Christian Huggel: Geography

For geographer and glaciologist Christian Huggel, Humboldt’s greatest achievement was his holistic perspective toward nature. Huggel researches the impact of climate change and potential adaptation actions in tropical regions of the Andes, primarily in Colombia and Peru. Just like in the Swiss Alps, glaciers are also melting at an alarming rate in South America, bringing about changes in water levels from the continent’s snow-covered peaks to its coastal regions. “Climate change adaptation actions require an interdisciplinary perspective and the inclusion of everyone who is impacted,” explains Huggel. This quickly becomes a complex affair when you consider that changing water flows affect many people all the way down to lower-lying, heavily populated areas where water is scarce. “To me, Alexander von Humboldt is a role model in the sense that he laid the foundation for our work that allows us to include all stakeholders and perspectives,” says Huggel, who also carries out research in other mountain regions such as the Himalayas and the Swiss Alps. However, it was the mountains of South America that captured his heart during a stay in Ecuador before he started his studies. Huggel is now an active member of various professional networks and takes part in the fight against natural hazards and other threats brought about by climate change. He didn’t fail to notice that his research area in South America roughly corresponds with Humboldt’s second South America expedition from Cartagena to Lima. And like Humboldt, Huggel also surveys glaciers and collects meteorological data to improve our understanding of water cycles. Humboldt was a pioneer in this regard too, remarks Huggel: “He was one of the first researchers to consistently work in a quantitative manner.”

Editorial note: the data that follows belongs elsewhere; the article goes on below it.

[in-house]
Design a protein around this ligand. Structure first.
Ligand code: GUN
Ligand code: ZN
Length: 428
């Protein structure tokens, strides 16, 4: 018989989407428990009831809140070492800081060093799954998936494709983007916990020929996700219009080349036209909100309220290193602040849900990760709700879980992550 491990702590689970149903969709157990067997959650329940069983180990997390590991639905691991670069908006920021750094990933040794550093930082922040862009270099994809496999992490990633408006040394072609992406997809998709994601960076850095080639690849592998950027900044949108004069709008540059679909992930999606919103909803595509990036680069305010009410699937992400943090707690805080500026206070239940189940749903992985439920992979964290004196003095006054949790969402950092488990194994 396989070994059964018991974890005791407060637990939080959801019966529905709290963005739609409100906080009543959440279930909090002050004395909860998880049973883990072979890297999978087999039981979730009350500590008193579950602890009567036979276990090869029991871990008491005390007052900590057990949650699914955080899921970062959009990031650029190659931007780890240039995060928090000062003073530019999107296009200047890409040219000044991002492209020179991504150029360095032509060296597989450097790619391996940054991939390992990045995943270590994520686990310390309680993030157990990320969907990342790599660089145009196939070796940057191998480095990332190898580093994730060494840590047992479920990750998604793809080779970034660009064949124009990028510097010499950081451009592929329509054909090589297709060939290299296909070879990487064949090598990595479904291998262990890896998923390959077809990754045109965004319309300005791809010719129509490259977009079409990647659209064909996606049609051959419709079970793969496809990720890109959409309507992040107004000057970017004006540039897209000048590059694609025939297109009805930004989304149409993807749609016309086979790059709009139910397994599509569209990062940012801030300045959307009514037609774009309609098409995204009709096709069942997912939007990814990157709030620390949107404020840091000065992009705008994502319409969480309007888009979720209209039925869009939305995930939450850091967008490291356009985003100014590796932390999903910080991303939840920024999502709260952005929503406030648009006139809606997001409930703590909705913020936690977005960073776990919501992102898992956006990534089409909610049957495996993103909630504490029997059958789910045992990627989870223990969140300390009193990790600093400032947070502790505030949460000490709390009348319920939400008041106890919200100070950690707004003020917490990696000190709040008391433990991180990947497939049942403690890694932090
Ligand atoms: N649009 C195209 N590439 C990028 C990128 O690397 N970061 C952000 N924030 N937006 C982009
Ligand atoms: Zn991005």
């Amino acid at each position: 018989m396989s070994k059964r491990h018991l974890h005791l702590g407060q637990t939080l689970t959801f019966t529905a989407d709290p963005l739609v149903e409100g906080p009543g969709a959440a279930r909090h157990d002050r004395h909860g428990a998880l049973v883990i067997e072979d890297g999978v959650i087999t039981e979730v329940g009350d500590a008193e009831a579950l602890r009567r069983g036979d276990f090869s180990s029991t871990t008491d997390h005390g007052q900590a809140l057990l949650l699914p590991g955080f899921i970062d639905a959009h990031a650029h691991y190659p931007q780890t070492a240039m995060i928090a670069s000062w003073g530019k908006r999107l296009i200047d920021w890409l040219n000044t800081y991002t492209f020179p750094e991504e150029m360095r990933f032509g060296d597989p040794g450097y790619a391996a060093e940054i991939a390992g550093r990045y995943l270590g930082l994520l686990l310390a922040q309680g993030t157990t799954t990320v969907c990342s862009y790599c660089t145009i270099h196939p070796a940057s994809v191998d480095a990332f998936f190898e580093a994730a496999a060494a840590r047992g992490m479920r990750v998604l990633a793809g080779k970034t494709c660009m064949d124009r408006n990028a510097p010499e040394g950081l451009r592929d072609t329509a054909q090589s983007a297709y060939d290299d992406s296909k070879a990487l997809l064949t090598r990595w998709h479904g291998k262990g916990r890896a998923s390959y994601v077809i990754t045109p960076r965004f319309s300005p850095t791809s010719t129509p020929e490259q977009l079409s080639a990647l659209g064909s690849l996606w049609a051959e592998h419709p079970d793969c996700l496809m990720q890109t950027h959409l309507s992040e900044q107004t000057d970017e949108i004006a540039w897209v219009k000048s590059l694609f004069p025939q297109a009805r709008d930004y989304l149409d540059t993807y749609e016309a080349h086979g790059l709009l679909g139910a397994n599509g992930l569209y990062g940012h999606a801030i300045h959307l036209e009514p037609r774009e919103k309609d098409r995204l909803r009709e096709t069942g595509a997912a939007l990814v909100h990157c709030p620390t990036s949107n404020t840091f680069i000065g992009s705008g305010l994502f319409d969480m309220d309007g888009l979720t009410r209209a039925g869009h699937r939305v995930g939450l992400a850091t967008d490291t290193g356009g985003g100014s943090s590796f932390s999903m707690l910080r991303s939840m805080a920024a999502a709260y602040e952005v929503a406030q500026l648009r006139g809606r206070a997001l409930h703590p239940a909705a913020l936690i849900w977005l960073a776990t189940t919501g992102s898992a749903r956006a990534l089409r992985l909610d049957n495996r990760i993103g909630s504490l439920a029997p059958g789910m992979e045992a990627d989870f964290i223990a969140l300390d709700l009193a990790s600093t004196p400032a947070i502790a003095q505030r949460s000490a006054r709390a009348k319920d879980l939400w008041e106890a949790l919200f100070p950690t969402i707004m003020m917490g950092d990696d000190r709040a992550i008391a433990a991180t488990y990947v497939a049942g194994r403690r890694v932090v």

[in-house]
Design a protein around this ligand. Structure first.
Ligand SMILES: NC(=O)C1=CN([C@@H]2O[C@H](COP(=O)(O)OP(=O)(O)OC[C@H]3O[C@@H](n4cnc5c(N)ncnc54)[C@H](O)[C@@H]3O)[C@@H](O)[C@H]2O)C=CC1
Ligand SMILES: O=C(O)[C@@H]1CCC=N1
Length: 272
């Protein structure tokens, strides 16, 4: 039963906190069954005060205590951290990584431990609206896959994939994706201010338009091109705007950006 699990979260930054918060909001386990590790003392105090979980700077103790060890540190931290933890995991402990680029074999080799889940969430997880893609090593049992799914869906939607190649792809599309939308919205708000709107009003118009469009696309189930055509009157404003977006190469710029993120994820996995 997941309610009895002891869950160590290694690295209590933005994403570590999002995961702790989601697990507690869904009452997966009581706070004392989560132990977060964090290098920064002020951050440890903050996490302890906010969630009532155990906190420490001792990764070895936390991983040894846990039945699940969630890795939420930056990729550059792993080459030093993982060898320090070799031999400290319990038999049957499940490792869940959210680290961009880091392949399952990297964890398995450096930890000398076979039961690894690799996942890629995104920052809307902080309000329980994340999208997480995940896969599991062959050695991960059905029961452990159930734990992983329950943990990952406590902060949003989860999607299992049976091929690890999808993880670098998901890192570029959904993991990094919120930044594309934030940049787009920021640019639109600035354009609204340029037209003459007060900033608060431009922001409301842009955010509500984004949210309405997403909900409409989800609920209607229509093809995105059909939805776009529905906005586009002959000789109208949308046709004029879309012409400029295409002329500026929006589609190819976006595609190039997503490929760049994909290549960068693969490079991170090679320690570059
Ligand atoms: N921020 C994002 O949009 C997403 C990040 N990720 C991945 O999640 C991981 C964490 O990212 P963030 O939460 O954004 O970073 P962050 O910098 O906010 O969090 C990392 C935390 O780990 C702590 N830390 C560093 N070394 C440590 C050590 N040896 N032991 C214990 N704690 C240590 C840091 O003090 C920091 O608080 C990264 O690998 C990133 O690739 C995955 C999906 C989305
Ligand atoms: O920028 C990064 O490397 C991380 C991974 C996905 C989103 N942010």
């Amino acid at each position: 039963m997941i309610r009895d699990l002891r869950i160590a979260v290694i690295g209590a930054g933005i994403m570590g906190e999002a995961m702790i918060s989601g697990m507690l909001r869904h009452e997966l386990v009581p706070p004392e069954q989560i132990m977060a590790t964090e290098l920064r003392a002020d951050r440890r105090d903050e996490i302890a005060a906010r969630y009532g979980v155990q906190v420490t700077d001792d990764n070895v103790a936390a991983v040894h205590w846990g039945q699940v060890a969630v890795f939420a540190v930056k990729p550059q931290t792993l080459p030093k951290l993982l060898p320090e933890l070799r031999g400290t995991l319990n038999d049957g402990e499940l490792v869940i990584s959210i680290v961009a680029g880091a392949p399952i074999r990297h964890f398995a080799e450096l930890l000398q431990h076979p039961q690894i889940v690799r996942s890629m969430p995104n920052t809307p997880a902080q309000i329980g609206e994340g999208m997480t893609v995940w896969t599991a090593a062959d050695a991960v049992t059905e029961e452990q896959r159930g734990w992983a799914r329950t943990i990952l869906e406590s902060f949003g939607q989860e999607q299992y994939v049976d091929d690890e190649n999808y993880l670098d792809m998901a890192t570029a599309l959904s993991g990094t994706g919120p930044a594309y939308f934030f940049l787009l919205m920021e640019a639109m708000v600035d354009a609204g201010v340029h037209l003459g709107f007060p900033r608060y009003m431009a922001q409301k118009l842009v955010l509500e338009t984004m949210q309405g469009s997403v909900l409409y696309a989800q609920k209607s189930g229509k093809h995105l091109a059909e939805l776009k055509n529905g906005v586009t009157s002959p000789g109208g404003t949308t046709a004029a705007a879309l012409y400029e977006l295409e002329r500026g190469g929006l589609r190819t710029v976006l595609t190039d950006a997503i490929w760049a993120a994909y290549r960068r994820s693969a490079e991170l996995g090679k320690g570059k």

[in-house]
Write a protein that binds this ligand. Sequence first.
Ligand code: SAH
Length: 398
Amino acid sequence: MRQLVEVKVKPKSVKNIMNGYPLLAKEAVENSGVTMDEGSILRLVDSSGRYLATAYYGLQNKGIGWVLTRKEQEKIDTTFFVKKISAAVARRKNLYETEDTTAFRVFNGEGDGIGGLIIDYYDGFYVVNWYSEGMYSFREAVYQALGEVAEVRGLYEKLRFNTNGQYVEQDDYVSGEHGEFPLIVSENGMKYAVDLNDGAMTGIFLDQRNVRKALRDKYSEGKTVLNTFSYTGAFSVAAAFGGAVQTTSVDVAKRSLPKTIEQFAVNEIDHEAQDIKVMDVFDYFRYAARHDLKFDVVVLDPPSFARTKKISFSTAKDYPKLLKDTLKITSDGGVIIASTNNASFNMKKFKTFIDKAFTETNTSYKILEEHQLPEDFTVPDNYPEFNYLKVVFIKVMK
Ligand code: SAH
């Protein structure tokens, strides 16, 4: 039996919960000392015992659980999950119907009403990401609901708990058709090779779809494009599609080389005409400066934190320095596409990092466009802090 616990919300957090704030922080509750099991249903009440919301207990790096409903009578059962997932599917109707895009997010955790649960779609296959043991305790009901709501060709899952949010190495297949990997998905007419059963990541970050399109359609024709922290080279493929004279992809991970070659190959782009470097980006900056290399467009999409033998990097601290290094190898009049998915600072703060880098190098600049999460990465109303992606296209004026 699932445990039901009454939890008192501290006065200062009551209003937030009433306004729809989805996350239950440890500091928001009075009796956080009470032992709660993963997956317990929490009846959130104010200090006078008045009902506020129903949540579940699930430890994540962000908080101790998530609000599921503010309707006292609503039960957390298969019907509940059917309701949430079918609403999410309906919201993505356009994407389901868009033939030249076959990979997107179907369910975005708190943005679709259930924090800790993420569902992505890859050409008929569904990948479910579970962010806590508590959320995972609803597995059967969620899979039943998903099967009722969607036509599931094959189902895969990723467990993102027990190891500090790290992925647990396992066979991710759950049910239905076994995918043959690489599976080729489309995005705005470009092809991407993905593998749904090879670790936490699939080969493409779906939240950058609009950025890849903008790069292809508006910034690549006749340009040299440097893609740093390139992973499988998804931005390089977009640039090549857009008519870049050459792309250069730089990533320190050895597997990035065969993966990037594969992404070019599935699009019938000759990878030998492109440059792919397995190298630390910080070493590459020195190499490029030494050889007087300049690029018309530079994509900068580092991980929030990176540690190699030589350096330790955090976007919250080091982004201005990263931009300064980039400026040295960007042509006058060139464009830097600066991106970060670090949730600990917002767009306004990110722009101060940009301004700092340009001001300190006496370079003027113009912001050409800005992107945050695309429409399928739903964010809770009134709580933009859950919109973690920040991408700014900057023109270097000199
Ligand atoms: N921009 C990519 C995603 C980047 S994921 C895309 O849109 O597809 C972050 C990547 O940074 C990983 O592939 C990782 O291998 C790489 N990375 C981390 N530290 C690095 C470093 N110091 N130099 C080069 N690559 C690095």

Stefan Stöcklin; English translation by Gena Olson